Elective surgeries cancelled as SA hospitals overflow

Elective surgeries have been put on hold for “approximately a week” as South Australian hospitals struggle with a surge in flu and COVID cases.

Ambulances ramped at the RAH. Photo: Tony Lewis/InDaily

Ambulances ramped at the RAH. Photo: Tony Lewis/InDaily

SA Health CEO Robyn Lawrence said today all category two and three surgeries would be paused, with only category one and pediatric urgent category 2 surgeries to continue.

“These are surgeries which aren’t as urgent as category one surgeries. They can include things like joint replacements, gallbladder surgery, those sorts of things which we know patients won’t typically deteriorate rapidly with,” Lawrence told ABC radio Adelaide this morning.

She said hospital networks had opened all available hospital beds and “maximised” out-of-hospital care options, but the level of demand required further action to free up beds.

She said there were more than 140 patients in hospital with COVID-19 and the flu, with metropolitan hospitals reporting around 270 staff are off work with COVID.

“Compared to this time last year, we have 200 more admitted patients in our system,” Lawrence said.

“That’s a medium-sized hospital of patients that we are fitting in our system compared to last year at the same time.”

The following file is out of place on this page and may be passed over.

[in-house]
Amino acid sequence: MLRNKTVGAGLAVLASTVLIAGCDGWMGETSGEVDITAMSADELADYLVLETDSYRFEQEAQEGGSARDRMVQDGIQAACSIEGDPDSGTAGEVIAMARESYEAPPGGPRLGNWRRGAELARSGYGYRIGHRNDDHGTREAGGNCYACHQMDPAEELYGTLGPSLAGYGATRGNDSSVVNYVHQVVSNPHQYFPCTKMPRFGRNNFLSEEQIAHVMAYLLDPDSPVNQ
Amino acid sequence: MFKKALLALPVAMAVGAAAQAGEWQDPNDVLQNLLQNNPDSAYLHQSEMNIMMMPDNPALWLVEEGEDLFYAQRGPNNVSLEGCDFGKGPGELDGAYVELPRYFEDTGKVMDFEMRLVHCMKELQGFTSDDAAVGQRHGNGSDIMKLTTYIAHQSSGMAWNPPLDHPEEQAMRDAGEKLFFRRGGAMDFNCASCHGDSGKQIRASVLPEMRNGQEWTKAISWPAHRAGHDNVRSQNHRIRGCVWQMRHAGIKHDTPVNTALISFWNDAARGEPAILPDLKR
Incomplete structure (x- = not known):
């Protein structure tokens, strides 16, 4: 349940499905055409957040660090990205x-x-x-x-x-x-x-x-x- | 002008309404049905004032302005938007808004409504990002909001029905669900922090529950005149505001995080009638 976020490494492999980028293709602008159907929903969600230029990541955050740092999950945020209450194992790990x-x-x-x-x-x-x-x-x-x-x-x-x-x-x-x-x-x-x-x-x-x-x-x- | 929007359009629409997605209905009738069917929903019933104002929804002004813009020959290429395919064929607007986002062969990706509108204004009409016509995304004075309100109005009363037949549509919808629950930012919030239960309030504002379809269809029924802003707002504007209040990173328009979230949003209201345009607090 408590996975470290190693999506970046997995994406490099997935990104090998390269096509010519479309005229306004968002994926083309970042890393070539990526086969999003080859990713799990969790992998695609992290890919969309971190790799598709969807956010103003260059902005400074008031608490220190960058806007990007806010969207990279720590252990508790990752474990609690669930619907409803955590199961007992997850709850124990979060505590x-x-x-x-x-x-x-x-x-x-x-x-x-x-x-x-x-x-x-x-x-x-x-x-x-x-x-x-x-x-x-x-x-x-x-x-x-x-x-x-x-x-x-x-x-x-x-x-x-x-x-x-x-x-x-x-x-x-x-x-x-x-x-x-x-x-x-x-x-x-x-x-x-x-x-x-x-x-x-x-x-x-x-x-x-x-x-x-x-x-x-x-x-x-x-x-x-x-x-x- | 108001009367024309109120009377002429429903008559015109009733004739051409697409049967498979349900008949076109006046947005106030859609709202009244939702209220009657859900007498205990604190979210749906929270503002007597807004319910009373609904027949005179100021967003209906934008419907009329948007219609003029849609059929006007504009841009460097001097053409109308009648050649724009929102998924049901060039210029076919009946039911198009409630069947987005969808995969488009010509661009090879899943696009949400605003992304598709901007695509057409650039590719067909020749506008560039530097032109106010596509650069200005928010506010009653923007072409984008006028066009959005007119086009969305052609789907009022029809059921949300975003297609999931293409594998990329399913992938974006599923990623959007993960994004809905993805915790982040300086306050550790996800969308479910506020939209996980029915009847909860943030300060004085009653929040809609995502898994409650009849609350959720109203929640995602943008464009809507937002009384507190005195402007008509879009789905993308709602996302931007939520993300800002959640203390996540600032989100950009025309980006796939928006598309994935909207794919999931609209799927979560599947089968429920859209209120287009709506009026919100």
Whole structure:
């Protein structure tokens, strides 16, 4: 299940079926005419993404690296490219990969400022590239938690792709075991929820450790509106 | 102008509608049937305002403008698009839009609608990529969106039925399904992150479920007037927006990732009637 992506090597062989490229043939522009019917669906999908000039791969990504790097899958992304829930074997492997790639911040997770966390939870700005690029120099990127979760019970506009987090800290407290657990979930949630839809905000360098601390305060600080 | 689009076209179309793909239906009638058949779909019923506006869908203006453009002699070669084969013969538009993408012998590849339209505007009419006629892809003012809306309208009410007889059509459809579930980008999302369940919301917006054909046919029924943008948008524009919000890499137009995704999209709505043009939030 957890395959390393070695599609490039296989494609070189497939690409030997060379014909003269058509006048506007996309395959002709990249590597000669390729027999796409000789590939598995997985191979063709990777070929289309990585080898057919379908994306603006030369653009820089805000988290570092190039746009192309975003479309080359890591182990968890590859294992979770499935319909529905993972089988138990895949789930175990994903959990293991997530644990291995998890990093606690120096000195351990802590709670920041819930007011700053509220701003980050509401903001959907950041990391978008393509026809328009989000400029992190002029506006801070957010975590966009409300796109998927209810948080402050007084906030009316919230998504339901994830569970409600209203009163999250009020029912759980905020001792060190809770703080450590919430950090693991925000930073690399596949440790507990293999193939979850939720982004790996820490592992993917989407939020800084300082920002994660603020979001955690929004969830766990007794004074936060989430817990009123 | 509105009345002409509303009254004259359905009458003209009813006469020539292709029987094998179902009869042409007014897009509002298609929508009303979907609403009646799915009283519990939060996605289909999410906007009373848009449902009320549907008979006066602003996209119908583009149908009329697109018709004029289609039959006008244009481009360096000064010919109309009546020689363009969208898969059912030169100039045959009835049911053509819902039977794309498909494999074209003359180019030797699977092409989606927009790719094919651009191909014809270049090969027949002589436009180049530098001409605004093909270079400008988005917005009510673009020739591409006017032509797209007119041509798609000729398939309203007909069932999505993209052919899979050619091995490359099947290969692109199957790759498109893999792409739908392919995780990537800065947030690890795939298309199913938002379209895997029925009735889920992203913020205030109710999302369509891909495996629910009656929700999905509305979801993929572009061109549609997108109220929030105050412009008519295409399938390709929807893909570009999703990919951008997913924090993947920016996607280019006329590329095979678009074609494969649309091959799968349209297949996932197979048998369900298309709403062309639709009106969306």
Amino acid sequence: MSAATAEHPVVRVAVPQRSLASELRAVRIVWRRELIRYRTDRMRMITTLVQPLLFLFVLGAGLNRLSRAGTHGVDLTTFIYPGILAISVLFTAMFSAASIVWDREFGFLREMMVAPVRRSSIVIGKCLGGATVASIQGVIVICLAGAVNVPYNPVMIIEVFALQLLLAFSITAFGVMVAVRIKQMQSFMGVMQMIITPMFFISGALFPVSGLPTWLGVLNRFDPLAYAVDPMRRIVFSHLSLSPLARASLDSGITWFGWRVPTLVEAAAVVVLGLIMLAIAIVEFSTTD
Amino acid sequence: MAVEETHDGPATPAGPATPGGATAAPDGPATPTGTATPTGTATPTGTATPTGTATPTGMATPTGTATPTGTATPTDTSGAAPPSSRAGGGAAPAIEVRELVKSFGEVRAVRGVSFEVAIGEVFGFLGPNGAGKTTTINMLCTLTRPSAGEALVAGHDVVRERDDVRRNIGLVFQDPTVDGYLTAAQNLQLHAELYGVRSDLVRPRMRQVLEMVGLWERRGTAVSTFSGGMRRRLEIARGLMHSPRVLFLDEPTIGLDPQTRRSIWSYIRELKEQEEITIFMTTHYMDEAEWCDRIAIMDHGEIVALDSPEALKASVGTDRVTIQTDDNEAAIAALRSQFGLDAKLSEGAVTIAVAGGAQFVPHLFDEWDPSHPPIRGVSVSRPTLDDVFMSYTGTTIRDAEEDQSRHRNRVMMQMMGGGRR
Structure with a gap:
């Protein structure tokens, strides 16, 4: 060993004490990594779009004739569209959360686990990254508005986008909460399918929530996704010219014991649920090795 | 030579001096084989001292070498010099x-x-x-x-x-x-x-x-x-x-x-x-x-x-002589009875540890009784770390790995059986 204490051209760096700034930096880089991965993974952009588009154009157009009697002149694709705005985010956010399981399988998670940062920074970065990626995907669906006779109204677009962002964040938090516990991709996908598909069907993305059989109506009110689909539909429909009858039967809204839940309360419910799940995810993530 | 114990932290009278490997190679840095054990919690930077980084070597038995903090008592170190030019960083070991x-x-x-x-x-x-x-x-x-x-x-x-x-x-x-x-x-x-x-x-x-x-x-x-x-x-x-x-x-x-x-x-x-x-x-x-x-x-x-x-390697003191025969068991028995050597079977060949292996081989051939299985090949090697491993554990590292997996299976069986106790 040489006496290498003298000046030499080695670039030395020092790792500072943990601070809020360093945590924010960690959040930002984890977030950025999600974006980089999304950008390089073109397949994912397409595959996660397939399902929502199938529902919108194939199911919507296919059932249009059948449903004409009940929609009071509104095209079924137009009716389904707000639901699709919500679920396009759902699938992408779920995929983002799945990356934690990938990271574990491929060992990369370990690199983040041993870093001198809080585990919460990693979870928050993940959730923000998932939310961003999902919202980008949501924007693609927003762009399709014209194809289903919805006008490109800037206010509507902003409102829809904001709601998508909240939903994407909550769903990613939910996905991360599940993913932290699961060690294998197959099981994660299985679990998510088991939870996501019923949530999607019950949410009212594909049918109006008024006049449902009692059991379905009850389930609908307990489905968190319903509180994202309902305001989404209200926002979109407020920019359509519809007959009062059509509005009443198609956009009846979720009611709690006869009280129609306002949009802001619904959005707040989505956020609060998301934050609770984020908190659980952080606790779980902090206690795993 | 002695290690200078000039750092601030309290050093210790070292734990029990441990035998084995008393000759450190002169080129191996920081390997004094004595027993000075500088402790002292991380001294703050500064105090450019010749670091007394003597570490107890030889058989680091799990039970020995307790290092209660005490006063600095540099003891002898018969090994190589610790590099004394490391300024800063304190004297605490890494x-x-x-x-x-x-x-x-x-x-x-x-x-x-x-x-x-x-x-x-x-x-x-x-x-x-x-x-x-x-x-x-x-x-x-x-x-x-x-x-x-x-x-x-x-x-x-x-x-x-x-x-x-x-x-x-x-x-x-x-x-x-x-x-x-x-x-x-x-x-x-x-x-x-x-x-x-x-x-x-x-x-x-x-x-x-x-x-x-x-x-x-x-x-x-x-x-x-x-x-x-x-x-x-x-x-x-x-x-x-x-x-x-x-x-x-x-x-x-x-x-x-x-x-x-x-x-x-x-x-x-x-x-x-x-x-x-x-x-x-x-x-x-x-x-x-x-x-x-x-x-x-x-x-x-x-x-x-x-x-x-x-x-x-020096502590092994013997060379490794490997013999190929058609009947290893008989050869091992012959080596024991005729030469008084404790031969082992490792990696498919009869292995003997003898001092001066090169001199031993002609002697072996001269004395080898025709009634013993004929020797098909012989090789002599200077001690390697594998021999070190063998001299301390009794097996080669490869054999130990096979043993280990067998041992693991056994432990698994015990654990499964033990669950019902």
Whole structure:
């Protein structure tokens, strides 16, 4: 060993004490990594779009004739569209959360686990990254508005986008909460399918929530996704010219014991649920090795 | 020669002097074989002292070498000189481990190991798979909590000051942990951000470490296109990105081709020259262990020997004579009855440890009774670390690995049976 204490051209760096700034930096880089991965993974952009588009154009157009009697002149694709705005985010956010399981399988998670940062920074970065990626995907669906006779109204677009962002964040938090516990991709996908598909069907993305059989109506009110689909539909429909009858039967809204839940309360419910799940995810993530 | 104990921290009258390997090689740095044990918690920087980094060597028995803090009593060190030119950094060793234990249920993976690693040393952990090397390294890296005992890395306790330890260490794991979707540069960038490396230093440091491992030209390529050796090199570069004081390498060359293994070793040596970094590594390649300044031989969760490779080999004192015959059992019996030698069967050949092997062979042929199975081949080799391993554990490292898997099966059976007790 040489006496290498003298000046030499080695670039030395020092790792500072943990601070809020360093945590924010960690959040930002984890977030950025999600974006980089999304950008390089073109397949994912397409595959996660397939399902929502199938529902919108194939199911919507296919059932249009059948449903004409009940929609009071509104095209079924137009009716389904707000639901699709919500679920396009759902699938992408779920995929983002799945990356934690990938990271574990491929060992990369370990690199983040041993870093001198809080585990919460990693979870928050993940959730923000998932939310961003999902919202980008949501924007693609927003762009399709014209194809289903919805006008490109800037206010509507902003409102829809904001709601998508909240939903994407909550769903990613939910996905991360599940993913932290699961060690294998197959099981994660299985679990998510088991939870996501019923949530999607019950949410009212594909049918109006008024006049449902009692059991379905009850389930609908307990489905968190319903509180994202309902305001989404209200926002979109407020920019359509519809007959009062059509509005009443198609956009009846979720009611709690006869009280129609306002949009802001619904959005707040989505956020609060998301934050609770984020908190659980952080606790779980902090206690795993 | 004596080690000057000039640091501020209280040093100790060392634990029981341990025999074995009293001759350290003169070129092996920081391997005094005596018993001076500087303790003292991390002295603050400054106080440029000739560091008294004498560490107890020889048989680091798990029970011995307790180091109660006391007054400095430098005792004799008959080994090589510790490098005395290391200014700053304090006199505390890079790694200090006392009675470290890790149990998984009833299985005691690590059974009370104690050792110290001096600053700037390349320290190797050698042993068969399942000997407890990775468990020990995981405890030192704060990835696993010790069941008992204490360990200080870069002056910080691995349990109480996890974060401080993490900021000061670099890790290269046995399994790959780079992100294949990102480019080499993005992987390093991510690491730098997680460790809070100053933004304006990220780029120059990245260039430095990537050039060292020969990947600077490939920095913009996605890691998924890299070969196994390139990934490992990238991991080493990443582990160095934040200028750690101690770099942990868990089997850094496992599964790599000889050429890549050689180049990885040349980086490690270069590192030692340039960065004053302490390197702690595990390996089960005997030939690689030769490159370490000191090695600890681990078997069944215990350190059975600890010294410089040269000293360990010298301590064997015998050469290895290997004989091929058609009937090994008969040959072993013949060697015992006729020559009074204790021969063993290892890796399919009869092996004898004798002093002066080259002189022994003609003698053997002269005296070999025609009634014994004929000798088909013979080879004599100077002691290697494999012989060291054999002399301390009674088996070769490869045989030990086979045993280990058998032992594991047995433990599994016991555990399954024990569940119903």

SA Health’s emergency department dashboard showed that at 4.30pm on Thursday every public hospital ED was at “code white” – the highest rating above capacity, with the number of patients in ED greater than or equal to 125 per cent of total beds.

At the Royal Adelaide Hospital this morning, 69 patients have spent more than eight hours in the ED, including 17 mental health mental health patients.

The average time for a non-critical patient to be assessed at the RAH ED was 5.25 hours this morning. Non-critical patients at the Flinders Medical Centre are also facing a five-hour wait.

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According to the emergency department dashboard, 33 patients at the RAH have waited in the ED longer than the recommended time.

The RAH remains at code white this morning while the Flinders Medical Centre, Queen Elizabeth Hospital, Lyell McEwin Hospital and Modbury Hospital have been downgraded to code red (total number of patients between 95 per cent and 125 per cent of total beds).

Opposition leader David Speirs said South Australia’s public hospitals were in a “dangerous pattern” of overload.

“Peter Malinauskas promised to ‘fix ramping’, but our hospitals have never been so overloaded and on five consecutive days this week not a single bed was free for sick South Australians in need,” Speirs said.

“To see this chaos in the week before winter is alarming because the cold weather is yet to hit and we know, when it does, even more demand will be placed on our hospitals and frontline healthcare workers.

“This is a dangerous pattern which compromises patient safety, and places huge amounts of pressure on doctors and nurses, so where is Peter Malinauskas’ plan to keep beds free?”

more to come

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